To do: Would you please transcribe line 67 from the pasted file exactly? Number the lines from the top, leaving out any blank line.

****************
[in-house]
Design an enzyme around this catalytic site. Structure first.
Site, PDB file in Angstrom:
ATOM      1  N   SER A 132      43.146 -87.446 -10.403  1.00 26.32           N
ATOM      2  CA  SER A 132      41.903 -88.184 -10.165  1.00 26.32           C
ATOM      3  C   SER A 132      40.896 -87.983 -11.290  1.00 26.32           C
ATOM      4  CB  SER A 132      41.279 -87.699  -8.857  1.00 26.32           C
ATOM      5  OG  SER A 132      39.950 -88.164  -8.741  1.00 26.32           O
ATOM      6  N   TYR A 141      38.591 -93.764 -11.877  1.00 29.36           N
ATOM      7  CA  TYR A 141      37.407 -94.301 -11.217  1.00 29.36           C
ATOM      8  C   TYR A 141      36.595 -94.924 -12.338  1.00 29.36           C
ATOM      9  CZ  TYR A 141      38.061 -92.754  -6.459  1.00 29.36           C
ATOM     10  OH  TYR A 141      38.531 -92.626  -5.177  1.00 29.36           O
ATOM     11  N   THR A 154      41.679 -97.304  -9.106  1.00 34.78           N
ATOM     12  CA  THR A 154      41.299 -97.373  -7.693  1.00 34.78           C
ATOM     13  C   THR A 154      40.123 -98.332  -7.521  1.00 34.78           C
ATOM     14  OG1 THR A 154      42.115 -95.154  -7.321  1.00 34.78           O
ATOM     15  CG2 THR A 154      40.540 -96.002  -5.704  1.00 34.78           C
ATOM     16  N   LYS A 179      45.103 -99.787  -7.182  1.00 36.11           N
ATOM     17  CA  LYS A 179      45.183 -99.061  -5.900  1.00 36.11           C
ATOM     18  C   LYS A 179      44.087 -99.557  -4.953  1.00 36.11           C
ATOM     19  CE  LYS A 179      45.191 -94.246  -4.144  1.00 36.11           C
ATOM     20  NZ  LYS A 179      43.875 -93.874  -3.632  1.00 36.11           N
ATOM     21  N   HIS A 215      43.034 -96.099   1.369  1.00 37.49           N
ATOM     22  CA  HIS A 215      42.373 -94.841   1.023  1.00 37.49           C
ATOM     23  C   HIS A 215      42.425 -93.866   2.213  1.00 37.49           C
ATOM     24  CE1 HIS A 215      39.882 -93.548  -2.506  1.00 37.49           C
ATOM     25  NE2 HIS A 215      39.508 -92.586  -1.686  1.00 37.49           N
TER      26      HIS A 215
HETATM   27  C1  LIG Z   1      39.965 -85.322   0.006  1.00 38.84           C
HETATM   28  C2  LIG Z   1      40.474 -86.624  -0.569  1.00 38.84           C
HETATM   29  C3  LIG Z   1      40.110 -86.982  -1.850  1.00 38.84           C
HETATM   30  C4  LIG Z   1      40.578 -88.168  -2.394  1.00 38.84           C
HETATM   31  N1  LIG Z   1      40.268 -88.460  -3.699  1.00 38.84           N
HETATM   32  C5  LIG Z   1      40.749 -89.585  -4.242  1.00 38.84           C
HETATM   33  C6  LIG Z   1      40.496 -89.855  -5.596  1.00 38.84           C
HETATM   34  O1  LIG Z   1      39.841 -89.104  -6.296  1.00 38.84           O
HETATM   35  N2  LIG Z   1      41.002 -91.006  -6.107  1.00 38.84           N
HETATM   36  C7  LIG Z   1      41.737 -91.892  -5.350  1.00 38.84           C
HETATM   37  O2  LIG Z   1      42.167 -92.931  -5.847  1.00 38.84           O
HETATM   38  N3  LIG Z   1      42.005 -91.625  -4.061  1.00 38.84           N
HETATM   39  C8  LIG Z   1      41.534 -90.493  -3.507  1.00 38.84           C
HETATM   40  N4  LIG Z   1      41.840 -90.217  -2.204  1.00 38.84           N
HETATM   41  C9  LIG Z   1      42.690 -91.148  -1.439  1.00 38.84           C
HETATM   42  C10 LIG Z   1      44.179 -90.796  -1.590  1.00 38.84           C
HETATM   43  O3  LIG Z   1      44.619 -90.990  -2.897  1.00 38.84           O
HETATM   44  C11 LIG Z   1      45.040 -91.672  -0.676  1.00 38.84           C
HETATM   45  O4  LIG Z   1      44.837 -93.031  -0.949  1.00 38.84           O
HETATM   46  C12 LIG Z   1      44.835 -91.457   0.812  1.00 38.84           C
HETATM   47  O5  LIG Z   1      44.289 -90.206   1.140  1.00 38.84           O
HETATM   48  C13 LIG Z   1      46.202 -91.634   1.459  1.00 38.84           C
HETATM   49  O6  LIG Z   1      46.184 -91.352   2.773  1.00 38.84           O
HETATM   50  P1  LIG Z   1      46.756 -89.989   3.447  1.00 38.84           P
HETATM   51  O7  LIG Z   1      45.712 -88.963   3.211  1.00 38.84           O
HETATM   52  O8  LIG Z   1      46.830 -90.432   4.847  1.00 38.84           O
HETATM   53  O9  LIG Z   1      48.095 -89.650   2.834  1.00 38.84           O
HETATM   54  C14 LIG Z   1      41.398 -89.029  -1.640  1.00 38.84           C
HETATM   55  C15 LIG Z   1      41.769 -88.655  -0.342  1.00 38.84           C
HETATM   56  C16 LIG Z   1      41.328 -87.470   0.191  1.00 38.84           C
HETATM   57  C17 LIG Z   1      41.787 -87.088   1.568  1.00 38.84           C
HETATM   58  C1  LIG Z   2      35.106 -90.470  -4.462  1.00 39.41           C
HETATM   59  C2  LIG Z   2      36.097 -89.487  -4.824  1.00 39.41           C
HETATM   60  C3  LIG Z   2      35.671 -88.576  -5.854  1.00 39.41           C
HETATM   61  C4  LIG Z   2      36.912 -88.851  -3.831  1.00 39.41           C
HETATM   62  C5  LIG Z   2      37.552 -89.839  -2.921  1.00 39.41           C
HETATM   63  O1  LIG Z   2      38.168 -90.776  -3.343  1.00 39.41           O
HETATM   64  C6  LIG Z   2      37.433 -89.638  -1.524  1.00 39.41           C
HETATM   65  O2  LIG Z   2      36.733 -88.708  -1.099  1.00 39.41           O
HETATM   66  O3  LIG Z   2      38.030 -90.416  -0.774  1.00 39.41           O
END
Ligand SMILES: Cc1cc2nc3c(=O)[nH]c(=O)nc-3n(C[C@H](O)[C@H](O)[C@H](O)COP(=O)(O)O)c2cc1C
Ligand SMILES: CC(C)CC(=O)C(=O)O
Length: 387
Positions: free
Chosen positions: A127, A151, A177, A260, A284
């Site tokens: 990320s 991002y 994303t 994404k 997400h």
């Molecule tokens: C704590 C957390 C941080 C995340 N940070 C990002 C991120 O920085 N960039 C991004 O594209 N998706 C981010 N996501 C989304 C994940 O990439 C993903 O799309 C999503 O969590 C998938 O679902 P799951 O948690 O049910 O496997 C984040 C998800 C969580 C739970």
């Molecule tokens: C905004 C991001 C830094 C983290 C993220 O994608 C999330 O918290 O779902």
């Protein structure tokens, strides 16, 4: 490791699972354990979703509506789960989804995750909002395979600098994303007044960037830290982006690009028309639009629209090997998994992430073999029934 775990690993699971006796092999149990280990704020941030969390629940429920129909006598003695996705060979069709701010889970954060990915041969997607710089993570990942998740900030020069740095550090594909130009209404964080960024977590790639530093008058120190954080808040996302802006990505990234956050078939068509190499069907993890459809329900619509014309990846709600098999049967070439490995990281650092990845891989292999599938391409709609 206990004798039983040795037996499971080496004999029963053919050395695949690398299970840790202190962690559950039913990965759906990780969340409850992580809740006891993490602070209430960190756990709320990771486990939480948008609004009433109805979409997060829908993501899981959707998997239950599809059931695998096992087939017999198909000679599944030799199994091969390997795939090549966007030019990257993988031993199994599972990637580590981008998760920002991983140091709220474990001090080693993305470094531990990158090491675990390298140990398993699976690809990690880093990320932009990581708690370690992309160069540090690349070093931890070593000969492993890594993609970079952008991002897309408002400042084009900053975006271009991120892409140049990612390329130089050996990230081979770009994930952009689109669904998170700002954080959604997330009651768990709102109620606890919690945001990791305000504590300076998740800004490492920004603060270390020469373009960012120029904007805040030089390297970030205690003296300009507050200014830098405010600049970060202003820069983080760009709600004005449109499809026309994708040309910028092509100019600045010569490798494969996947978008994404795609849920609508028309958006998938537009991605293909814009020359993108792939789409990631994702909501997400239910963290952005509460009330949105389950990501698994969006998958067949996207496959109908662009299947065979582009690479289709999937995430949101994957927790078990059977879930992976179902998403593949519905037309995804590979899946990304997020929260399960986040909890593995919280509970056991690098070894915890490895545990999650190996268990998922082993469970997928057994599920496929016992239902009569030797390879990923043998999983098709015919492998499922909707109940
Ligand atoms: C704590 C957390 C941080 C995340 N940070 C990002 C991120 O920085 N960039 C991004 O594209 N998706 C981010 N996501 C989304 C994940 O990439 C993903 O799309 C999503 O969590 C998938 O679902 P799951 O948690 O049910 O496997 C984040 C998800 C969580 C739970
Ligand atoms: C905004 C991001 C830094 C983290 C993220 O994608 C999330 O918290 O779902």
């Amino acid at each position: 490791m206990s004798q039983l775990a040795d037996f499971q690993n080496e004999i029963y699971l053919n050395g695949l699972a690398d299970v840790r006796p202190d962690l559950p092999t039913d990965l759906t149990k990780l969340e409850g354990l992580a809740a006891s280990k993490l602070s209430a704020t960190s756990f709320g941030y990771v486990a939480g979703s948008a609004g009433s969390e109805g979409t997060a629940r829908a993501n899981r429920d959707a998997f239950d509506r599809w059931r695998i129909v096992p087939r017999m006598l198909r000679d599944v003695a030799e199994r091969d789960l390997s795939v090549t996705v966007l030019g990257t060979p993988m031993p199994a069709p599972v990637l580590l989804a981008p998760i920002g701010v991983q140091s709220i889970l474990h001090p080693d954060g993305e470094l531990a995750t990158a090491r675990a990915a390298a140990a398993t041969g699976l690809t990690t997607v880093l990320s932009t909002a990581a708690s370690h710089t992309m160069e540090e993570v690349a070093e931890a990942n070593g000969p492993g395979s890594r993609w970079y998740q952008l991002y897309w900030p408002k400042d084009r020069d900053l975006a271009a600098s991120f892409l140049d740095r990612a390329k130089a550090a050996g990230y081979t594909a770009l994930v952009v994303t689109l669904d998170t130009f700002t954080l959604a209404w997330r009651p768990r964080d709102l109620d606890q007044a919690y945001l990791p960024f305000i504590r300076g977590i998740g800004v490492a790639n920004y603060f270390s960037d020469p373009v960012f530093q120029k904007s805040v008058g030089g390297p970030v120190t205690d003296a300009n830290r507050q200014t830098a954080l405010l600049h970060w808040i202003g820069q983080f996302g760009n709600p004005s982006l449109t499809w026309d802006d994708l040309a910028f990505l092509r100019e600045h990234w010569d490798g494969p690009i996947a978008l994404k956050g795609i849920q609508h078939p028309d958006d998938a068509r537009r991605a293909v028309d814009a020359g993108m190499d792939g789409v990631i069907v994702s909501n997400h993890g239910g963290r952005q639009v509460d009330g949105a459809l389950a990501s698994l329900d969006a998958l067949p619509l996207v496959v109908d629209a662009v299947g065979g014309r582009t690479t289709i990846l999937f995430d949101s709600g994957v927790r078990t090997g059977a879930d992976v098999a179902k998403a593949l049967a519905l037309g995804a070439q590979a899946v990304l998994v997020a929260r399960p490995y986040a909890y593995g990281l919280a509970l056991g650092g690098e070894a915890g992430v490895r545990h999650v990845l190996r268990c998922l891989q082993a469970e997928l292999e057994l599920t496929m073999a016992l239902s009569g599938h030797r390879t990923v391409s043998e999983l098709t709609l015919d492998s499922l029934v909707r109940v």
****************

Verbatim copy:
HETATM   64  C6  LIG Z   2      37.433 -89.638  -1.524  1.00 39.41           C